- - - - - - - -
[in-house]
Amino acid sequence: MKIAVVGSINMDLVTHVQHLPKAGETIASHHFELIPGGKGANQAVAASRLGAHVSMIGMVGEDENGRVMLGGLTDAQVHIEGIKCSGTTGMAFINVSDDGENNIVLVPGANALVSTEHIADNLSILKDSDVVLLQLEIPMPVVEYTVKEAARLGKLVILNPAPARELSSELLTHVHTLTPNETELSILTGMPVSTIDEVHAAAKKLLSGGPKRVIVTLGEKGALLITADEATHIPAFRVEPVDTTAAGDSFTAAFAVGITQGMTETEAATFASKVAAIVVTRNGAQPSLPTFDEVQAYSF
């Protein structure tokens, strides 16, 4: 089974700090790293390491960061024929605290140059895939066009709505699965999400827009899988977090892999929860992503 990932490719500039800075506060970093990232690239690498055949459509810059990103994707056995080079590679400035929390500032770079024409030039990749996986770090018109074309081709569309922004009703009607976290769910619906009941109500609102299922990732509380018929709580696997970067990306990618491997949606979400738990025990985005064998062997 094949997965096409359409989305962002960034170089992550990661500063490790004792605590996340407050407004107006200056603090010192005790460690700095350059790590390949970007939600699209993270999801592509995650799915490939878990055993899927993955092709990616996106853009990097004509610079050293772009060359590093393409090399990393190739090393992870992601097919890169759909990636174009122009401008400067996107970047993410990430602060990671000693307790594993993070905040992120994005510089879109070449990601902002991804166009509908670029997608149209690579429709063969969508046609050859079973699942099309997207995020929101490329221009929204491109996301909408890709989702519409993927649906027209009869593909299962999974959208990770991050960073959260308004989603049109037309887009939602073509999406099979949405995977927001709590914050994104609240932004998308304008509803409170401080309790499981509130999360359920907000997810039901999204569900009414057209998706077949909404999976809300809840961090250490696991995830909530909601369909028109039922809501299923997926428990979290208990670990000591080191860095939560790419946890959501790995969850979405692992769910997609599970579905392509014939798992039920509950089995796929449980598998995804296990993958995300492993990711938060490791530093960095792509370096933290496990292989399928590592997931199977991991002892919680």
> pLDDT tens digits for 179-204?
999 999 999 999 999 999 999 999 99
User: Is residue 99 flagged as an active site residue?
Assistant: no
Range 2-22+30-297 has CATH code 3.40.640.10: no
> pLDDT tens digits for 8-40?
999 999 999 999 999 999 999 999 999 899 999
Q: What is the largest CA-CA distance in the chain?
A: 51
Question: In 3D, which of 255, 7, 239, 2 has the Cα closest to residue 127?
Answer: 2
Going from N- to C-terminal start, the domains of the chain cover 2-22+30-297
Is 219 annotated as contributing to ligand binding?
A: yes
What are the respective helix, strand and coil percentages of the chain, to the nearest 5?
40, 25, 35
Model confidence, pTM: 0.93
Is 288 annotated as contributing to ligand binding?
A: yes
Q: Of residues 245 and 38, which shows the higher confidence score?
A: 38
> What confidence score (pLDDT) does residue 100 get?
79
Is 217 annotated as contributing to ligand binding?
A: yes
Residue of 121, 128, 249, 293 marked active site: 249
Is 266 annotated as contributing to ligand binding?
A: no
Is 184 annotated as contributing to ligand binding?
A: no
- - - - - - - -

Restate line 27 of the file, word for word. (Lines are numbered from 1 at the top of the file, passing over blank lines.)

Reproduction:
Is 217 annotated as contributing to ligand binding?